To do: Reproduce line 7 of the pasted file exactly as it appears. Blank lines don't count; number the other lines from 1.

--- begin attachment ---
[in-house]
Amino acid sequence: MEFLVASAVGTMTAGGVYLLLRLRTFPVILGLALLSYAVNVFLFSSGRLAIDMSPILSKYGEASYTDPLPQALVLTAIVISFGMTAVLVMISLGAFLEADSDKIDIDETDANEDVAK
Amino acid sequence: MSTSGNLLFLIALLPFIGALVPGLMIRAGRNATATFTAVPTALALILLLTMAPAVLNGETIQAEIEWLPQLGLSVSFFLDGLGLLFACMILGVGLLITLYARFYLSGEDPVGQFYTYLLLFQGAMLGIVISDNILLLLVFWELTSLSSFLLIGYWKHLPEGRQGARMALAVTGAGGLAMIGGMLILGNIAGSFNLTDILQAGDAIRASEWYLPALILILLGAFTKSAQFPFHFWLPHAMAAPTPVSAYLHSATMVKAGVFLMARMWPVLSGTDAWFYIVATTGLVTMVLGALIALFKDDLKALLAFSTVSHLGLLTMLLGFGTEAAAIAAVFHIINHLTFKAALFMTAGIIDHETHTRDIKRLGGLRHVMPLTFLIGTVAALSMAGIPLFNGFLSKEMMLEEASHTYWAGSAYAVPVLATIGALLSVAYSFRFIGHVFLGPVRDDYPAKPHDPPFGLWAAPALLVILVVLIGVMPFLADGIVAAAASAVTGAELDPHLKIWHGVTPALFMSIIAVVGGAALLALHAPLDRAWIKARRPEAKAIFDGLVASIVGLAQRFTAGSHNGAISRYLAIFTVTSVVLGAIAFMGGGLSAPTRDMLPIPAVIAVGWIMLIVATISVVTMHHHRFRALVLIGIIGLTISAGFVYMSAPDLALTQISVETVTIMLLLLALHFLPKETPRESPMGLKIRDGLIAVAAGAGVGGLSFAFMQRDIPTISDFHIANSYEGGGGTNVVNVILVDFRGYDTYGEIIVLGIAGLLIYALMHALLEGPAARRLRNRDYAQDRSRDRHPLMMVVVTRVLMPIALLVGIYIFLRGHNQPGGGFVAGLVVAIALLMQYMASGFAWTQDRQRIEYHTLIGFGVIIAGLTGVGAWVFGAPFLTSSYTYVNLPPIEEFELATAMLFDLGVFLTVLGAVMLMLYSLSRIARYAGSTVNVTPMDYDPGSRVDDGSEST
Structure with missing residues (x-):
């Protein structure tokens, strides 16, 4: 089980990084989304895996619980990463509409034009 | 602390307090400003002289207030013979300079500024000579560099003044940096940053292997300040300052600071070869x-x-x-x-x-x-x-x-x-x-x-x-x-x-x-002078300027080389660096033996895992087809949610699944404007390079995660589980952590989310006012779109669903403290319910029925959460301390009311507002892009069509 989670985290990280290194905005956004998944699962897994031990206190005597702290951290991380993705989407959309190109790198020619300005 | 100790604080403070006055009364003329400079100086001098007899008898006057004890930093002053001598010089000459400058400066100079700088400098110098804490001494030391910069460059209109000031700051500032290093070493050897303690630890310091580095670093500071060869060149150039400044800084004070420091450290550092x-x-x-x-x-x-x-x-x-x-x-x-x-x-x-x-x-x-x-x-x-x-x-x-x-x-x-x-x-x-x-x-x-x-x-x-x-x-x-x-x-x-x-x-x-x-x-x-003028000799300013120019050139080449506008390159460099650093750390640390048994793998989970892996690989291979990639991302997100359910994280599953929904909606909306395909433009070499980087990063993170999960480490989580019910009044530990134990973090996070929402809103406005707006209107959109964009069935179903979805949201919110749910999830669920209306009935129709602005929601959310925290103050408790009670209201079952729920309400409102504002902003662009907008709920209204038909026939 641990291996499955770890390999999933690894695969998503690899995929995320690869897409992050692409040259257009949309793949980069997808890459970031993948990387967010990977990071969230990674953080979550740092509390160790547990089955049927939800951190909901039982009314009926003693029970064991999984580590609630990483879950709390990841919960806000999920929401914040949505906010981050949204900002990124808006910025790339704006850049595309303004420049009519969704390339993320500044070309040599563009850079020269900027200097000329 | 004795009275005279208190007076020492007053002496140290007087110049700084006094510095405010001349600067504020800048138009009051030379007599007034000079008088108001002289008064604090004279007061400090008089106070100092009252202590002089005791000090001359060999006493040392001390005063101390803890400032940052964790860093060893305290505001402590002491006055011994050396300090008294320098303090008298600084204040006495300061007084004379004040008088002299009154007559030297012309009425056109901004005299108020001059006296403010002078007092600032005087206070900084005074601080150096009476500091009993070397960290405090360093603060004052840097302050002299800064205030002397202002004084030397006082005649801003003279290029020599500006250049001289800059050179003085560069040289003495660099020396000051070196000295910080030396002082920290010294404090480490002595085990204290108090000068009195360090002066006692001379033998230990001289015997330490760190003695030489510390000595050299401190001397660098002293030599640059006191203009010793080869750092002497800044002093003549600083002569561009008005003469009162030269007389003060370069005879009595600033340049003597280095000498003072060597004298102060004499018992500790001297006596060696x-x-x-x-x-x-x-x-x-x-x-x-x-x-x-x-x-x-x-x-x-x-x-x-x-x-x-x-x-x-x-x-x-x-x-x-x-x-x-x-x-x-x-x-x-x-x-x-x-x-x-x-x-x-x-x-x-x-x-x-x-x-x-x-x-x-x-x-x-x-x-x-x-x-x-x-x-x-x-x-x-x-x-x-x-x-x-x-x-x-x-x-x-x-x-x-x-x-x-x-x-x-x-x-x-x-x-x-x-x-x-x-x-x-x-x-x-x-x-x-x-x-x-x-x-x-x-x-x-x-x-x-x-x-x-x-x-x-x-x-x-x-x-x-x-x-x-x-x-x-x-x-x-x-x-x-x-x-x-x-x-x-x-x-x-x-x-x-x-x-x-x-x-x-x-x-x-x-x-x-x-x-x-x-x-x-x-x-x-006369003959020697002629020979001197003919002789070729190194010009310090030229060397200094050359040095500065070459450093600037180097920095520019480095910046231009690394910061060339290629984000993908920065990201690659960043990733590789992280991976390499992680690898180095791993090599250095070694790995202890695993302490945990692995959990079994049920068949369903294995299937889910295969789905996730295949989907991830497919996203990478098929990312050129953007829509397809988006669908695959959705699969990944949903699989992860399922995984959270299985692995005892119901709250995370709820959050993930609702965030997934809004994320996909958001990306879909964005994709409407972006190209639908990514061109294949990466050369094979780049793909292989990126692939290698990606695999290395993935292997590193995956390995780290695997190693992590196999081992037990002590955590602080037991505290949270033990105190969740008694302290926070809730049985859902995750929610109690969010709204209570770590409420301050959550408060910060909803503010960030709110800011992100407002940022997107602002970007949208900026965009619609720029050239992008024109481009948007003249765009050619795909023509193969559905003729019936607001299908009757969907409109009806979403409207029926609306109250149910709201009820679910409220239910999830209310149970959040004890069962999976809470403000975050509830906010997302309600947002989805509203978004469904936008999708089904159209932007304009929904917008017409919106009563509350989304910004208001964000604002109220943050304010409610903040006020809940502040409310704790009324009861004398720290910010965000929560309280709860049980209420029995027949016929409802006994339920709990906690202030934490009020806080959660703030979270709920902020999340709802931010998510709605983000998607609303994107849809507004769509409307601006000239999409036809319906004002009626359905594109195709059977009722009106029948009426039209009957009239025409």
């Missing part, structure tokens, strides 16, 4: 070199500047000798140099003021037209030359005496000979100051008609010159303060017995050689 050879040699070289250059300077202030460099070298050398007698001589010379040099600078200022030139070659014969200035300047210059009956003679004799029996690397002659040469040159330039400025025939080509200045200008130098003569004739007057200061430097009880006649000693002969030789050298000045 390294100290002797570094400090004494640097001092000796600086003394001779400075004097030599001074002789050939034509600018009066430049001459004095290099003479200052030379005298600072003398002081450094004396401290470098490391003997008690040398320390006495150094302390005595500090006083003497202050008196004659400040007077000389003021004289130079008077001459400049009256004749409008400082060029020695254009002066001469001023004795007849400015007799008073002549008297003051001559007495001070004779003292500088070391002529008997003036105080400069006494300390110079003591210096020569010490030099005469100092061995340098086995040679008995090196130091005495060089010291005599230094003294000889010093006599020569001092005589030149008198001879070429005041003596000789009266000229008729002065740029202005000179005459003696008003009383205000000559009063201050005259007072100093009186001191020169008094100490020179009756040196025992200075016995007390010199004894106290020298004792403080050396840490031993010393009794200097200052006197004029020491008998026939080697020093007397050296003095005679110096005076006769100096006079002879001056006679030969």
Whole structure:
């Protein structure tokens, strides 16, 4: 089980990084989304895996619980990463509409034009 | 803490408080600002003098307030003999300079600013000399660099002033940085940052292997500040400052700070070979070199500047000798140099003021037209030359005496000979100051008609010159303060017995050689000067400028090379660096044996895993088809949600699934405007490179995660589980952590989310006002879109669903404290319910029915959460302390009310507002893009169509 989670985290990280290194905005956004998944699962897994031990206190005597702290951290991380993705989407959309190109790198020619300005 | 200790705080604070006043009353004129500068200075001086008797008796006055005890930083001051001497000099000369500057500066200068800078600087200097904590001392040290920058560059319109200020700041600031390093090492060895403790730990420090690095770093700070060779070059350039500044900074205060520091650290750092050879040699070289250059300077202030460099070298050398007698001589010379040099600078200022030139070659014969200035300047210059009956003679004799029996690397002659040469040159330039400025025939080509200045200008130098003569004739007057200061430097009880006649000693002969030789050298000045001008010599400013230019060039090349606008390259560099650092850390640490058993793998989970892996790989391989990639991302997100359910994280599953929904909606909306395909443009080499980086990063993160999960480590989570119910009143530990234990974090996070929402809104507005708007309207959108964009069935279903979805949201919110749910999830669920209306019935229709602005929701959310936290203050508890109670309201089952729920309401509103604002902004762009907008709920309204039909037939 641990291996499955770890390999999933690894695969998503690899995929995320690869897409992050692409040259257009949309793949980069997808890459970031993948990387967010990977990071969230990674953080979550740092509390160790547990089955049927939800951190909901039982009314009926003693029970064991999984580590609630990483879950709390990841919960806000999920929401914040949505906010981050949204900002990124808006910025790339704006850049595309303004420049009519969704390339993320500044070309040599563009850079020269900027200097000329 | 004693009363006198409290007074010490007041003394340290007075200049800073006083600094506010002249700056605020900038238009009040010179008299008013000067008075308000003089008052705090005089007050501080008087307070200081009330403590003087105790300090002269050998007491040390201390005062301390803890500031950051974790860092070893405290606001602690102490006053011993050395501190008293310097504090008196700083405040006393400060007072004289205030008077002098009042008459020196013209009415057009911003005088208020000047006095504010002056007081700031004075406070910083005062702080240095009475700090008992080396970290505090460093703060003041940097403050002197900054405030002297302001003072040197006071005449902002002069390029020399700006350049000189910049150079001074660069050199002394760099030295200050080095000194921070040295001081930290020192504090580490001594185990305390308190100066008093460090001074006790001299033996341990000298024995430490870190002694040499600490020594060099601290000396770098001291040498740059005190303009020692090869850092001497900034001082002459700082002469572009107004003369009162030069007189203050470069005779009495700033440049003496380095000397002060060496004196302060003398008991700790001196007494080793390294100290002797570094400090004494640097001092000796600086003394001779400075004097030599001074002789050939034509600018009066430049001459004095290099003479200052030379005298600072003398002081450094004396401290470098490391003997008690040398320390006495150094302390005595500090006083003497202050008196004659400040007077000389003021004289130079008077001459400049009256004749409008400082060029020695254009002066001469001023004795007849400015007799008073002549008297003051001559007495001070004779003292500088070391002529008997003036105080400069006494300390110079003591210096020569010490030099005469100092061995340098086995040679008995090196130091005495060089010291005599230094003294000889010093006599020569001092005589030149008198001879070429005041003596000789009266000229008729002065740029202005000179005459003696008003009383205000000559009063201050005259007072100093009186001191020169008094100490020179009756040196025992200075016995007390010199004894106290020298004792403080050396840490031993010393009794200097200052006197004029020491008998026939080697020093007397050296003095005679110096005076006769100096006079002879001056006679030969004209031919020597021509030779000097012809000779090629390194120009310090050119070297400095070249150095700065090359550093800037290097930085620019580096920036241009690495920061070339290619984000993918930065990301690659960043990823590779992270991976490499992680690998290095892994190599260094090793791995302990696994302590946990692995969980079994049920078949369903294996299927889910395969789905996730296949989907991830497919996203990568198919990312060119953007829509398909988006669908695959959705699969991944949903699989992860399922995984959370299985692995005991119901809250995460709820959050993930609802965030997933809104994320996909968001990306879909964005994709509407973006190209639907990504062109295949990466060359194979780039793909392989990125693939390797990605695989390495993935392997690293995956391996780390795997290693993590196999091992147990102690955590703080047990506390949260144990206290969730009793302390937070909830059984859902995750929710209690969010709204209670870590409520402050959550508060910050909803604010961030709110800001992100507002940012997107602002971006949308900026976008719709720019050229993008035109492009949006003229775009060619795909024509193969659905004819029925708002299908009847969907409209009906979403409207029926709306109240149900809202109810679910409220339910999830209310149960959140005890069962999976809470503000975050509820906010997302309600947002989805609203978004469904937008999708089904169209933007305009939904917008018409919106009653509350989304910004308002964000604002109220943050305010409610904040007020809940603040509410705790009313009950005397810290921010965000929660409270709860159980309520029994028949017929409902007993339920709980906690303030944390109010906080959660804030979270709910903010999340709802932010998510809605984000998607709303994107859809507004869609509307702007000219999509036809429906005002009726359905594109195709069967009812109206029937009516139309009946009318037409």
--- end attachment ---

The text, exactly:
Whole structure: